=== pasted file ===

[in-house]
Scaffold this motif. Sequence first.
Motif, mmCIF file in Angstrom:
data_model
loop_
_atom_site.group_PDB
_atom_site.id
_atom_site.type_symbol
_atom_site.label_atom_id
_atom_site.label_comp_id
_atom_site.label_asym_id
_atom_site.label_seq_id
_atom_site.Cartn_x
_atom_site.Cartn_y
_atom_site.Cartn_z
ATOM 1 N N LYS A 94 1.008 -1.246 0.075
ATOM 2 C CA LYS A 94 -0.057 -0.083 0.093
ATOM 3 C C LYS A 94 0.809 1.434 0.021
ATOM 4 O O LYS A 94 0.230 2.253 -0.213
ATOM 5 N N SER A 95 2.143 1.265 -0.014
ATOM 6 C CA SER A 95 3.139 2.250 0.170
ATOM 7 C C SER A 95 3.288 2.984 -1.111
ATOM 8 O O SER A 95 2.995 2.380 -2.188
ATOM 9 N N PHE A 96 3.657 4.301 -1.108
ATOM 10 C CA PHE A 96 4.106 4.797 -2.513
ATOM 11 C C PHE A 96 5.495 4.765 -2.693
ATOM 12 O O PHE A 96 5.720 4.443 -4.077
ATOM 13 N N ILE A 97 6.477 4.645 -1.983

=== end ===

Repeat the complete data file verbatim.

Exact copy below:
[in-house]
Scaffold this motif. Sequence first.
Motif, mmCIF file in Angstrom:
data_model
loop_
_atom_site.group_PDB
_atom_site.id
_atom_site.type_symbol
_atom_site.label_atom_id
_atom_site.label_comp_id
_atom_site.label_asym_id
_atom_site.label_seq_id
_atom_site.Cartn_x
_atom_site.Cartn_y
_atom_site.Cartn_z
ATOM 1 N N LYS A 94 1.008 -1.246 0.075
ATOM 2 C CA LYS A 94 -0.057 -0.083 0.093
ATOM 3 C C LYS A 94 0.809 1.434 0.021
ATOM 4 O O LYS A 94 0.230 2.253 -0.213
ATOM 5 N N SER A 95 2.143 1.265 -0.014
ATOM 6 C CA SER A 95 3.139 2.250 0.170
ATOM 7 C C SER A 95 3.288 2.984 -1.111
ATOM 8 O O SER A 95 2.995 2.380 -2.188
ATOM 9 N N PHE A 96 3.657 4.301 -1.108
ATOM 10 C CA PHE A 96 4.106 4.797 -2.513
ATOM 11 C C PHE A 96 5.495 4.765 -2.693
ATOM 12 O O PHE A 96 5.720 4.443 -4.077
ATOM 13 N N ILE A 97 6.477 4.645 -1.983